Chinese Scientists Reveal Potential Diabetes Cure With Innovative Cell Therapy

The treatment proved remarkably successful. Within eleven weeks, the patient no longer required external insulin.

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The patient became insulin-independent within eleven weeks of the transplant.

In a promising development for millions with diabetes, researchers in China have reported a potential cure using cell therapy. The study, published in the journal Cell Discovery, details the successful treatment of a 59-year-old man with type 2 diabetes.

The patient, who had been battling the disease for 25 years and relied on daily insulin injections, underwent an innovative cell transplant in July 2021. The procedure involved creating lab-grown replicas of insulin-producing islet cells, found in the pancreas, which were then transplanted into the patient.

According to a report in the South China Morning Post, the treatment proved remarkably successful. Within eleven weeks, the patient no longer required external insulin. Over the following year, he gradually reduced and eventually stopped taking oral medication for blood sugar control. Follow-up examinations confirmed a restored function in the patient's pancreatic islet cells, allowing him to remain medication-free for over 33 months.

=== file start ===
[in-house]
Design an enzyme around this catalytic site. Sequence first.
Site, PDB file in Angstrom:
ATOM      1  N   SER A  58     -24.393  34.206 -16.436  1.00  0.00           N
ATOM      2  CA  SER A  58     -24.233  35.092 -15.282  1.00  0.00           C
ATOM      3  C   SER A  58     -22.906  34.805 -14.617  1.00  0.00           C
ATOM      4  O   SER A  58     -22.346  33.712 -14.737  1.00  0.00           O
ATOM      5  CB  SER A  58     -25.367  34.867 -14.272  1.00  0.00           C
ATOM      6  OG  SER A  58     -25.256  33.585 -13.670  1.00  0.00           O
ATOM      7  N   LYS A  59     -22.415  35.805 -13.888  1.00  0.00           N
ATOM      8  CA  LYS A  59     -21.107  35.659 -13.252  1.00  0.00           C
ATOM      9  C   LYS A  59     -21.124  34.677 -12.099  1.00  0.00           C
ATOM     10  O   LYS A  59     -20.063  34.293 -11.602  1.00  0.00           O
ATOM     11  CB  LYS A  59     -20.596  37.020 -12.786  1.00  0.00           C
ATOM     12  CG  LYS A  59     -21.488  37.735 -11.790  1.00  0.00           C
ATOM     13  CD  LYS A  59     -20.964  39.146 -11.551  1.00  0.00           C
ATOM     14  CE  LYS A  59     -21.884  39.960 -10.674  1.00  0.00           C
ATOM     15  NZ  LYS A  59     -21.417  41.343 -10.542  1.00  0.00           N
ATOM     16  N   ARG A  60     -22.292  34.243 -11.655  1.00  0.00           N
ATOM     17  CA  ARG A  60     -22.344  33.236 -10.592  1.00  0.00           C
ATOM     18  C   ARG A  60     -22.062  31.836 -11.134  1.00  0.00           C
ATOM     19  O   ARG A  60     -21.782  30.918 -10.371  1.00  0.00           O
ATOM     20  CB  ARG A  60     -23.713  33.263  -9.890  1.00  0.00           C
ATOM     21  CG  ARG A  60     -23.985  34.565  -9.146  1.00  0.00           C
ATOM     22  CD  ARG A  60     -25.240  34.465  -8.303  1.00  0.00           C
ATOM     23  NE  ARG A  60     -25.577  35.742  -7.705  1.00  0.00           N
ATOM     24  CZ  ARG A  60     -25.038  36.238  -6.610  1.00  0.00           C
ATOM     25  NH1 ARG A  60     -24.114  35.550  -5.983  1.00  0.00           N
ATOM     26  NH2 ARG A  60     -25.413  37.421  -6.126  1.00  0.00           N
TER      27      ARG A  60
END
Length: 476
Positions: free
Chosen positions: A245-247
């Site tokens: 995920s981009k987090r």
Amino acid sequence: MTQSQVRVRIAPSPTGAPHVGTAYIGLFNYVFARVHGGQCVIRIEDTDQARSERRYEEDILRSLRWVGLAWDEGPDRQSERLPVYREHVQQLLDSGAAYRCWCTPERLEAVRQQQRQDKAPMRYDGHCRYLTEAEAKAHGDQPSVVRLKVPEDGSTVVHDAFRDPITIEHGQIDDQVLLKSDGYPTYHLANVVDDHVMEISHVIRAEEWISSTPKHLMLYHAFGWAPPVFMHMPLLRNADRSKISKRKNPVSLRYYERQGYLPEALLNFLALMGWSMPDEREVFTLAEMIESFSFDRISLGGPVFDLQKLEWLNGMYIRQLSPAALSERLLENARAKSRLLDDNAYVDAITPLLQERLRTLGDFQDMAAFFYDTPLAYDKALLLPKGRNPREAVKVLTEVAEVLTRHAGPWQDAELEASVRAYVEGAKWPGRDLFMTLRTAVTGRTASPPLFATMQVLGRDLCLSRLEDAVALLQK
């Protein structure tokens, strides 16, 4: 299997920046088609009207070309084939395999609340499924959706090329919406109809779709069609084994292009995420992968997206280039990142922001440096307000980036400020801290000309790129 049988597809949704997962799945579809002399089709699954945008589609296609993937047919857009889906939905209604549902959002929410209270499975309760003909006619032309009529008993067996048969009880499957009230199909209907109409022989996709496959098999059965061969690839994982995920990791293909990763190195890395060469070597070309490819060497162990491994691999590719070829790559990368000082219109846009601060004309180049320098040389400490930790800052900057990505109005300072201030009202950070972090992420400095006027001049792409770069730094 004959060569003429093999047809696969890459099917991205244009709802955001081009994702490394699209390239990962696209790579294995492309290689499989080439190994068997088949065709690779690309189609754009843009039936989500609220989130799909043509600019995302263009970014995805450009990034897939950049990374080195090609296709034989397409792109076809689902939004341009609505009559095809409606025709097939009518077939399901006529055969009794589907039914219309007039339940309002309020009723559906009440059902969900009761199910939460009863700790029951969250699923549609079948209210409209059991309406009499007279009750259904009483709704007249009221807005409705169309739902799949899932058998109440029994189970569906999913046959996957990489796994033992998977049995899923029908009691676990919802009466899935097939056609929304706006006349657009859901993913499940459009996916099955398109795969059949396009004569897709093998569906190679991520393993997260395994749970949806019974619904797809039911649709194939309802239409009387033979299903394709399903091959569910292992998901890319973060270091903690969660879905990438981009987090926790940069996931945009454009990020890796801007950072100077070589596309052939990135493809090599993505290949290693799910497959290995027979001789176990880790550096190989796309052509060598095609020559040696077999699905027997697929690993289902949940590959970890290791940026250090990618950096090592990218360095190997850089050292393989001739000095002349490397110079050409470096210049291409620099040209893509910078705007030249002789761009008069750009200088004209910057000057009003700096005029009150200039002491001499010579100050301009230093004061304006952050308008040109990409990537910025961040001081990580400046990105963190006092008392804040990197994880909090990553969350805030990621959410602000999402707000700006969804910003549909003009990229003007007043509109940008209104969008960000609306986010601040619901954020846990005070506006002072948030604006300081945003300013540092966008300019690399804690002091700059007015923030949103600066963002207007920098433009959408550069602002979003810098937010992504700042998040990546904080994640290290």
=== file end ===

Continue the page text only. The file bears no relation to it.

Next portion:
While this is a single-patient case study, experts view it as a significant breakthrough in cell therapy for diabetes. Professor Timothy Kieffer, a researcher at the University of British Columbia, called it "an important advance in the field." However, further large-scale trials are needed to confirm the efficacy and safety of this approach before it can be widely used as a treatment.


This news brings hope to millions of people with diabetes. More research is needed, but this successful cell therapy trial could lead to a future without the disease.

Diabetes around the world

The International Diabetes Federation (IDF) paints a concerning picture: By 2021, an estimated 537 million adults aged 20-79 already had diabetes. This number is projected to explode, reaching 643 million by 2030 and a staggering 783 million by 2045. This translates to 1 in 8 adults globally projected to have diabetes by 2045, a 46% increase.


Even more alarming is the unequal distribution of this burden. A staggering 3 out of 4 adults with diabetes live in low- and middle-income countries. These statistics highlight the growing global challenge of diabetes and the urgent need for effective prevention and management strategies, particularly focused on supporting developing nations.

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